The injury to England and Manchester United striker Wayne Rooney, sustained in his club's first leg European Champions League defeat to Bayern Munich on Tuesday, has caused panic attacks and palpitations to football fans the world over.
There once was a time when it was only fanatics of the game who would react with hysteria to such seemingly frivolous news (it is just a twisted joint after all, there were no fatalities) but in today's globalized economy - where football is big business and the soccer soap opera captivates the interest of millions around the world - such an event becomes a major deal.
Rooney not playing is a big problem to a number of parties with vested interests. Firstly, the Liverpool-born hit-man has been in prolific form this season - his goal against Bayern was his 34th of the current campaign - a feat that has helped his club side lead the English Premier League, capture a domestic cup and progress to the latter stages of the Champions League.
Alex Ferguson's men play Chelsea on Saturday in a crucial title decider that Rooney will almost certainly watch from the sidelines, he also may struggle to be fit for Bayern's visit to Old Trafford where United need to overturn a 2-1 deficit to stay in the European competition. United fans, consequently, must be worried.
His performances for England helped his nation qualify in some style for the 2010 World Cup in South Africa which kicks off in June; he is the talisman of the squad, Fabio Capello's best player. For England fans, the sight of their most talented footballer getting injured before a major tournament is familiar ground (see David Beckham circa 2002 and Rooney in 2006), hence doom and gloom is already descending on a country well-versed in big-tournament disappointment.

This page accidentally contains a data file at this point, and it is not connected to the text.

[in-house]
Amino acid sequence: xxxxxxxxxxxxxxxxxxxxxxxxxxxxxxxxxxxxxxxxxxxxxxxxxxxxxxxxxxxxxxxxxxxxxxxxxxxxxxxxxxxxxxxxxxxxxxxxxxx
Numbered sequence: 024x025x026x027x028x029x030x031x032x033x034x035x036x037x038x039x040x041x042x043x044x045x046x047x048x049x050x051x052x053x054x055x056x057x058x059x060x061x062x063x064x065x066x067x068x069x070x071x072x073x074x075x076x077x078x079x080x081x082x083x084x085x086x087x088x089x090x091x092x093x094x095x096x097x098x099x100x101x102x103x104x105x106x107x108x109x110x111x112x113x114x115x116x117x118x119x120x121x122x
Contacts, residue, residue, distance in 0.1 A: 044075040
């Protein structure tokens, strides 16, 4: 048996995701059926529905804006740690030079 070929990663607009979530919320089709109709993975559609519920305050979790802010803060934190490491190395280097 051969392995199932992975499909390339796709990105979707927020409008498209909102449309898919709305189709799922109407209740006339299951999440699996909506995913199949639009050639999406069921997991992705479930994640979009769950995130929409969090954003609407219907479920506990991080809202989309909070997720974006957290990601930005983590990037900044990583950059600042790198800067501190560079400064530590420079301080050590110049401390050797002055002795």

The typically hyped-up British press carried headlines including "Pray" (The Sun), "In Rooins" (The Daily Mirror), and "Roo in Crock Shock Scare" (The Daily Star) - which begs the questions what will the headline writers do during the World Cup without such ripe material to work from?
The 24-year-old must wait on the outcome of a scan to understand how severe the twisted right ankle, which forced him to limp out of the game, is and how long it will keep him out of action. You can bet that domestic broadcasters will report on every tiny update of Rooney's recovery, such is the perceived interest from a captive audience.
Sponsors too will be sweating on the scan results. Rooney represents Coca-Cola and Nike to name but two, and millions of dollars are riding on the exposure Rooney would have given his sponsors' branding and products in South Africa.
Football may still be a team game on the pitch but Rooney's injury and the global reaction to it is just the latest example of how some elite stars of soccer have a gravity all of their own. Let's hope that Crisitano Ronaldo and Lionel Messi avoid a similar fate.